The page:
*If you are a sensitive person, reading le Marquis de Sade could make you sick.
The Index was promulgated by Pope Paul IV in 1559 and its first version is called the Pauline Index. The list of publications prohibited by the Catholic Church underwent modifications. For instance, the Council of Trent‘s Tridentine Index was less severe than the Pauline Index, but even the more relaxed forms of the Index were an obstacle in the “freedom of enquiry” (Index Librorum Prohibitorum, Wikipedia). The list, or Index, was abolished by Pope Paul VI, in 1966.
Obviously, Quebec was not threatened, in the manner Galileo was. Catholic cosmology would not accept heliocentrism, sometimes called Copernicanism, the theory put forth in Copernicus’s De revolutionibus orbium cœlestium (On the Revolutions of the Celestial Spheres). Copernicus (19 February 1473 – 24 May 1543) died the year he published his findings, in 1543, but Galileo Galilei (15 February 1564 – 8 January 1642), was not so fortunate. Galileo Galilei was found guilty of heresy by the Roman Inquisition in 1615. He was forced to recant, and spent the rest of his life under house arrest (Galileo Galilei, Wikipedia).
trips, studying abroad & “sexual experience”
“Foreign travel became more common, with Paris as the main attraction. Too distant in time and space, too lively for our timid souls, a trip to Paris was often just an excuse to spend a holiday acquiring some long-overdue sexual experience and enough of the polish provided by a stay in France to intimidate the masses back home. With very few exceptions, our physicians, for example, whether or not they had actually made the trip, began behaving scandalously (we-have-a-right-to-make-up-for-those-long-years-of-study!).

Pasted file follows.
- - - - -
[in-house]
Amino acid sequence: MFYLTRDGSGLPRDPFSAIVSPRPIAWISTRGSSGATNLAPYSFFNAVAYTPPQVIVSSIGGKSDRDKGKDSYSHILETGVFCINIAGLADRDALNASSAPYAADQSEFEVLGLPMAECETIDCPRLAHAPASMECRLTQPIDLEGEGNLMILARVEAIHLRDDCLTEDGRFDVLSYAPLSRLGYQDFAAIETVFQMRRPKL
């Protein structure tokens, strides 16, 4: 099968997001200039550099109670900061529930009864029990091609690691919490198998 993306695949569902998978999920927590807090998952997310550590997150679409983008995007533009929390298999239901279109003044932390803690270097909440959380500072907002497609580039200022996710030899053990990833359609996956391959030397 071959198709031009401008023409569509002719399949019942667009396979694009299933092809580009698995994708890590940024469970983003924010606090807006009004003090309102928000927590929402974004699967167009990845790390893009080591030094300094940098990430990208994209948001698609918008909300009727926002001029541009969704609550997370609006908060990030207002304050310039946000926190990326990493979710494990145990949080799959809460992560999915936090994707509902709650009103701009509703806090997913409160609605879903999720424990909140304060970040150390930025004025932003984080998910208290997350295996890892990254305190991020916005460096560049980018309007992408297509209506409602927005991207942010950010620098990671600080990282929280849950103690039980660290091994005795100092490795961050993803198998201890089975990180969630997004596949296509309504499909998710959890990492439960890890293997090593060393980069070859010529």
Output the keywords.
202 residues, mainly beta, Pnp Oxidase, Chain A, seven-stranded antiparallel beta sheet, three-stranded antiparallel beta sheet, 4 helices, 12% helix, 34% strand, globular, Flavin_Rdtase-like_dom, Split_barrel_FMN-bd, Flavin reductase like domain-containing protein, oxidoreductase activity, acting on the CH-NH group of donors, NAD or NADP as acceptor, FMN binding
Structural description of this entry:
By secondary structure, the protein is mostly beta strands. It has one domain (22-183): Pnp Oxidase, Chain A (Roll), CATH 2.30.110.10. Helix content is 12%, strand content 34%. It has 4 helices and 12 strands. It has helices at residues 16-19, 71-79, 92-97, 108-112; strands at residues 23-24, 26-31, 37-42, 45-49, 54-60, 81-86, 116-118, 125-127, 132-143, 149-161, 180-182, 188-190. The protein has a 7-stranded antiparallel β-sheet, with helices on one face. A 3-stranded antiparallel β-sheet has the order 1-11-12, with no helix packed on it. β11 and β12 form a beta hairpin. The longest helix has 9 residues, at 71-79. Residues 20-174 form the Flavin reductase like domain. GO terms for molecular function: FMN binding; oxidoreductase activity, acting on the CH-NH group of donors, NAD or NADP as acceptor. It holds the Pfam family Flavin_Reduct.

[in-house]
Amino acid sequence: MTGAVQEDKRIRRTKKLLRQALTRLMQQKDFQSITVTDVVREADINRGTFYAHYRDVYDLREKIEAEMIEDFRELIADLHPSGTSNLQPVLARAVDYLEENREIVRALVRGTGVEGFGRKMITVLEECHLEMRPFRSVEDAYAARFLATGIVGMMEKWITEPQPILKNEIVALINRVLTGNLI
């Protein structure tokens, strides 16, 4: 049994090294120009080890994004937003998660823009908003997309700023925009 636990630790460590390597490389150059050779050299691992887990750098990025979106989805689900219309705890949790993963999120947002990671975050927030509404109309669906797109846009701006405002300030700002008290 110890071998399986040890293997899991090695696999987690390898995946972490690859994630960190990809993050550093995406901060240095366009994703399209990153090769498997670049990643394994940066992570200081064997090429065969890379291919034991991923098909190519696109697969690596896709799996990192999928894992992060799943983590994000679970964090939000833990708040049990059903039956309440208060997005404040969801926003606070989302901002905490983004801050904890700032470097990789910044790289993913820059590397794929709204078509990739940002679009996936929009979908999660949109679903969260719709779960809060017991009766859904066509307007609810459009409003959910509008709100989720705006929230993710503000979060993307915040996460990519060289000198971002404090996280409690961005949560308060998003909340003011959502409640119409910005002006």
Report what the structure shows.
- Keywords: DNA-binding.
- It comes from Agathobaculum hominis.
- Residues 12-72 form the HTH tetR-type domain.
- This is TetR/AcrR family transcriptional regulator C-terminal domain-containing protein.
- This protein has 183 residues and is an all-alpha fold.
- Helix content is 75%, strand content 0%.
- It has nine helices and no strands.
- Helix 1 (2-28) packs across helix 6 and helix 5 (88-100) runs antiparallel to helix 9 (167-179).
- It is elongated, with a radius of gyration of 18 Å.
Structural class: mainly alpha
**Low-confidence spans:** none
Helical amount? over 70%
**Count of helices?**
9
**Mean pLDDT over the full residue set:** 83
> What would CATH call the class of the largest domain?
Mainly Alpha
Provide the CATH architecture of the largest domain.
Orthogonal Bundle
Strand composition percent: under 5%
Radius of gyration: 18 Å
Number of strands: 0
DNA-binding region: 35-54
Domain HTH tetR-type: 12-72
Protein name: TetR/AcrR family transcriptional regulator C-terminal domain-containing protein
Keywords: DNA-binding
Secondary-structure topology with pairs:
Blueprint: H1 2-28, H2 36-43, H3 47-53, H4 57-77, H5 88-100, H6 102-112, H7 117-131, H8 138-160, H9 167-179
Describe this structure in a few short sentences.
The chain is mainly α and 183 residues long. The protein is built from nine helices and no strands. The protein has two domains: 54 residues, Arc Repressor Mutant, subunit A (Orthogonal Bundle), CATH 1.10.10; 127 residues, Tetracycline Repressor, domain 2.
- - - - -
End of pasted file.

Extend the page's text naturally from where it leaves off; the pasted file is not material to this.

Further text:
In many cases, these trips also served as an unexpected wake-up call. Minds were growing restless, and more people began reading forbidden books, which brought some small hope and comfort.”
However, in 1948, the Index was still in force but it was losing ground in Quebec, partly because of trips and studies abroad. Paul-Émile Borduas had travelled to France and died in France. At the time, Québécois often went to Europe to complete their studies as Quebec universities had yet to offer complete programs. Even now, persons who wish to do a Doctorate in Law or another degree travel to Europe. After earning his law degree at the Université de Montréal (1943), Pierre Trudeau obtained a master’s degree in political economy at Harvard University‘s Graduate School of Public Administration. He studied in Paris, France in 1947 at the Institut d’Études Politiques de Paris. He also enrolled for a doctorate at the London School of Economics, but failed to finish his thesis (Pierre Trudeau, Wikipedia).(please click on the picture to enlarge it)